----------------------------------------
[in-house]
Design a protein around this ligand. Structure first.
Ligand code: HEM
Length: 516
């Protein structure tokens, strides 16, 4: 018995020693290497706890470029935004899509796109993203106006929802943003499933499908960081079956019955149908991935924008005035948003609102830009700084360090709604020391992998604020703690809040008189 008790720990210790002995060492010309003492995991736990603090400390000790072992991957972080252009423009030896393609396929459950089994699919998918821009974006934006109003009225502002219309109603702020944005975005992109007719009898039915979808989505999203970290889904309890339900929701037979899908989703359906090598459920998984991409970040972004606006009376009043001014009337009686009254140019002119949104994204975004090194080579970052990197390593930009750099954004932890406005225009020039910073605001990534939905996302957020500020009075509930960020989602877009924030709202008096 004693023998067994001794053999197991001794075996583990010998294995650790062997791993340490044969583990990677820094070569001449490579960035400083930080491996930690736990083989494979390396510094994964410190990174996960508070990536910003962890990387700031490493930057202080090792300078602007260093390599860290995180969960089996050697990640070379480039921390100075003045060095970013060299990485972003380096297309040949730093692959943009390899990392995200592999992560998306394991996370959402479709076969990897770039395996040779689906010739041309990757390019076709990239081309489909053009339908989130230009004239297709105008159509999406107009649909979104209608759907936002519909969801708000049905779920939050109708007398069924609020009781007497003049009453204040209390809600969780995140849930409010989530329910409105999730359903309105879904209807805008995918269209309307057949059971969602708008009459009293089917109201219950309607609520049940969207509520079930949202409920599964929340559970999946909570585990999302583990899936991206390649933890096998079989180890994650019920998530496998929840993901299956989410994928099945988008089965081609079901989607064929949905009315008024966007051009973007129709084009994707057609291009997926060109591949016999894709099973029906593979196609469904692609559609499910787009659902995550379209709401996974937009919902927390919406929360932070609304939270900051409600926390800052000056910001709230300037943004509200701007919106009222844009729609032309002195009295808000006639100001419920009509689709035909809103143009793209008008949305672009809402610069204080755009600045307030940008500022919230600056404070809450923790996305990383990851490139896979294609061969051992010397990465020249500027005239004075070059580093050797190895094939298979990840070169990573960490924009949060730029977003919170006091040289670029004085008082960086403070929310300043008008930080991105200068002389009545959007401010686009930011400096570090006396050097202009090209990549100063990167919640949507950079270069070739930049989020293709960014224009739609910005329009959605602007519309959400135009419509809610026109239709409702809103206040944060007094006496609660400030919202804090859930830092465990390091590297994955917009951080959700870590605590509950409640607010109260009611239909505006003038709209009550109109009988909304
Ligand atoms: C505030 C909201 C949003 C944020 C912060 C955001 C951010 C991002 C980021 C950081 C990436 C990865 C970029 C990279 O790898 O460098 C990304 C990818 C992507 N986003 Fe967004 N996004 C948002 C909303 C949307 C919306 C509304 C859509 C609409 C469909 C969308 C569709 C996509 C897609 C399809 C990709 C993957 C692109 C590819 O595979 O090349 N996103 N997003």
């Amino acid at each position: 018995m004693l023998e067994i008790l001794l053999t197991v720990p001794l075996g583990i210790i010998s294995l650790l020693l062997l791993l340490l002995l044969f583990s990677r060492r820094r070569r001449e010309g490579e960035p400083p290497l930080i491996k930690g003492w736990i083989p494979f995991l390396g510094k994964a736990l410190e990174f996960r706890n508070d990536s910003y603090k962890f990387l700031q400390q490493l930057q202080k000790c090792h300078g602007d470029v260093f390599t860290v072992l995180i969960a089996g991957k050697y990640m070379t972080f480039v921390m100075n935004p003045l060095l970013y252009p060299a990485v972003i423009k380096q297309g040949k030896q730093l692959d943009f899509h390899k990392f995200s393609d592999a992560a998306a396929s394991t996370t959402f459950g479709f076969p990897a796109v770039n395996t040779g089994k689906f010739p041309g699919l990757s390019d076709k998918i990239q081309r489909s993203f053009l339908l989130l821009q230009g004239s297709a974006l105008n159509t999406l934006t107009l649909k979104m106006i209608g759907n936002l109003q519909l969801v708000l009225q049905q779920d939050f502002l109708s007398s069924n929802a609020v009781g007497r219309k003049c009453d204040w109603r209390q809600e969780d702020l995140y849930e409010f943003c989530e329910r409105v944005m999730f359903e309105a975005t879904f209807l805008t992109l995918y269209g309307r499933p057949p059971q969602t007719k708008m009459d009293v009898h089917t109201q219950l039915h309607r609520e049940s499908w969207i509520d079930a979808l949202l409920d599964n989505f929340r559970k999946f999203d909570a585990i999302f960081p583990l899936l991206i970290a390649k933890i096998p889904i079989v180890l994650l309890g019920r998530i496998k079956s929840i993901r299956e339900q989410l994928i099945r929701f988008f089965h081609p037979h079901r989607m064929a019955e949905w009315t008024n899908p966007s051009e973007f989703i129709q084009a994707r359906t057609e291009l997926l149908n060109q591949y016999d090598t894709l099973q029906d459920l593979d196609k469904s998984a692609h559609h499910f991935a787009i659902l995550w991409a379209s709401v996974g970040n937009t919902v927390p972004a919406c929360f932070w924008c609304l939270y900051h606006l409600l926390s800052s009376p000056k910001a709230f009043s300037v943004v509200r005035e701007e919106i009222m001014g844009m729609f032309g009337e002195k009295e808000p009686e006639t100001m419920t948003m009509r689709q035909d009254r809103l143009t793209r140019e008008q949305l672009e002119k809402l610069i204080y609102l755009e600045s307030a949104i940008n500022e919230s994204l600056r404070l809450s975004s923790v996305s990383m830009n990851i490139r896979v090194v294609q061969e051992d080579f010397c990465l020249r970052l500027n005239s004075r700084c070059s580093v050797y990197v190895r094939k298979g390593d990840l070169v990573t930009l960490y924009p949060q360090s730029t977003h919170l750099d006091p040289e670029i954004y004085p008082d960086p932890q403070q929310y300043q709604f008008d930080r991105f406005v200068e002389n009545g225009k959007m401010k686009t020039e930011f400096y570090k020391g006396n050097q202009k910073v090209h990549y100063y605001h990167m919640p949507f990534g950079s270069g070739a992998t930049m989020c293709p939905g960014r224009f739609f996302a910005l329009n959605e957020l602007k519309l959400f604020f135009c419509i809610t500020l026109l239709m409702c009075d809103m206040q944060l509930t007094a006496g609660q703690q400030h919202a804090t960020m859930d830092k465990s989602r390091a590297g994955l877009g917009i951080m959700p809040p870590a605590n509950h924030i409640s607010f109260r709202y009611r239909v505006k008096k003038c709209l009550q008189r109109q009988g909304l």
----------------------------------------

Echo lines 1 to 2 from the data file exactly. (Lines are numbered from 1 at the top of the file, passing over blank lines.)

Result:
[in-house]
Design a protein around this ligand. Structure first.